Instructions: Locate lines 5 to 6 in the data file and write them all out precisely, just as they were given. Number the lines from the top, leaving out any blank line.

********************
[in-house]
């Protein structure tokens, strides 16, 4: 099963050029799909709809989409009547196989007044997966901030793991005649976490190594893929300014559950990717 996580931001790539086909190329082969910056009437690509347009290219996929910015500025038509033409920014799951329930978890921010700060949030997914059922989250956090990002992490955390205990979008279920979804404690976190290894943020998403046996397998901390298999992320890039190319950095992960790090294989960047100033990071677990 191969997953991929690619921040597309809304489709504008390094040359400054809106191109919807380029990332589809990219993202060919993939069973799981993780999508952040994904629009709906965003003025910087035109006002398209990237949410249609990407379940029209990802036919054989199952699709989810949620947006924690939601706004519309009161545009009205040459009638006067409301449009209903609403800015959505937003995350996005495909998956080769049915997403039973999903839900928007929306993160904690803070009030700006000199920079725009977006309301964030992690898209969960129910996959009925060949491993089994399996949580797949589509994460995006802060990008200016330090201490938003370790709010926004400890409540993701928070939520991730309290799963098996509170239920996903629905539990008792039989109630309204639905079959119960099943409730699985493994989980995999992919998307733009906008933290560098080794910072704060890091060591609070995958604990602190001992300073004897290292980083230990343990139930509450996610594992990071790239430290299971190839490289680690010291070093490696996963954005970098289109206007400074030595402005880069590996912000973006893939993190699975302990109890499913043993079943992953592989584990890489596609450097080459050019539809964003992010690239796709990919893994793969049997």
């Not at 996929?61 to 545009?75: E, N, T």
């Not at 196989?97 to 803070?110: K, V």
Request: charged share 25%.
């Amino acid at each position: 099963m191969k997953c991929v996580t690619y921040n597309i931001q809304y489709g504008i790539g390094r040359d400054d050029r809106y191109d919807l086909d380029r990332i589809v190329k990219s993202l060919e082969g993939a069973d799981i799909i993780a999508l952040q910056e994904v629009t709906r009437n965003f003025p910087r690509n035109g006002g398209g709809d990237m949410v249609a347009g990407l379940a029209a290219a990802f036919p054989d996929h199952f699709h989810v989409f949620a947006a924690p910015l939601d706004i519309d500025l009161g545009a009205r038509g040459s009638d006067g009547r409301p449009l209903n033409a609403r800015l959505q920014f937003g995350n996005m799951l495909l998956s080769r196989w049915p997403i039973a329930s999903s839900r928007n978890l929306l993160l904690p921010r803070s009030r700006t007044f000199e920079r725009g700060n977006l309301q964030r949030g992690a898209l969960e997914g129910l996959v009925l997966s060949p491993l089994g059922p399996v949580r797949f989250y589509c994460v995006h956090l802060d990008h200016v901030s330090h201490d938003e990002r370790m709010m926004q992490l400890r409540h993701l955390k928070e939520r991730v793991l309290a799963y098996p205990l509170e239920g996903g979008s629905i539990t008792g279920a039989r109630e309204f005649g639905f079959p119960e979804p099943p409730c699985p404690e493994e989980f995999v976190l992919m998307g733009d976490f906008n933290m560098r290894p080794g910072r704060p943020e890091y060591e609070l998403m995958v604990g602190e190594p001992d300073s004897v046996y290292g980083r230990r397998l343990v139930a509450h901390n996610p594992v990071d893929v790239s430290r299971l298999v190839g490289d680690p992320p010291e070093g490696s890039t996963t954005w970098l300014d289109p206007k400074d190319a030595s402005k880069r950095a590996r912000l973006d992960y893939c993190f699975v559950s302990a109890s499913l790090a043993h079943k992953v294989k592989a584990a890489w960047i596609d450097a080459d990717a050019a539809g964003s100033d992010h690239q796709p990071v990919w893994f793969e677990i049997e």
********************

Request: charged share 25%.
């Amino acid at each position: 099963m191969k997953c991929v996580t690619y921040n597309i931001q809304y489709g504008i790539g390094r040359d400054d050029r809106y191109d919807l086909d380029r990332i589809v190329k990219s993202l060919e082969g993939a069973d799981i799909i993780a999508l952040q910056e994904v629009t709906r009437n965003f003025p910087r690509n035109g006002g398209g709809d990237m949410v249609a347009g990407l379940a029209a290219a990802f036919p054989d996929h199952f699709h989810v989409f949620a947006a924690p910015l939601d706004i519309d500025l009161g545009a009205r038509g040459s009638d006067g009547r409301p449009l209903n033409a609403r800015l959505q920014f937003g995350n996005m799951l495909l998956s080769r196989w049915p997403i039973a329930s999903s839900r928007n978890l929306l993160l904690p921010r803070s009030r700006t007044f000199e920079r725009g700060n977006l309301q964030r949030g992690a898209l969960e997914g129910l996959v009925l997966s060949p491993l089994g059922p399996v949580r797949f989250y589509c994460v995006h956090l802060d990008h200016v901030s330090h201490d938003e990002r370790m709010m926004q992490l400890r409540h993701l955390k928070e939520r991730v793991l309290a799963y098996p205990l509170e239920g996903g979008s629905i539990t008792g279920a039989r109630e309204f005649g639905f079959p119960e979804p099943p409730c699985p404690e493994e989980f995999v976190l992919m998307g733009d976490f906008n933290m560098r290894p080794g910072r704060p943020e890091y060591e609070l998403m995958v604990g602190e190594p001992d300073s004897v046996y290292g980083r230990r397998l343990v139930a509450h901390n996610p594992v990071d893929v790239s430290r299971l298999v190839g490289d680690p992320p010291e070093g490696s890039t996963t954005w970098l300014d289109p206007k400074d190319a030595s402005k880069r950095a590996r912000l973006d992960y893939c993190f699975v559950s302990a109890s499913l790090a043993h079943k992953v294989k592989a584990a890489w960047i596609d450097a080459d990717a050019a539809g964003s100033d992010h690239q796709p990071v990919w893994f793969e677990i049997e």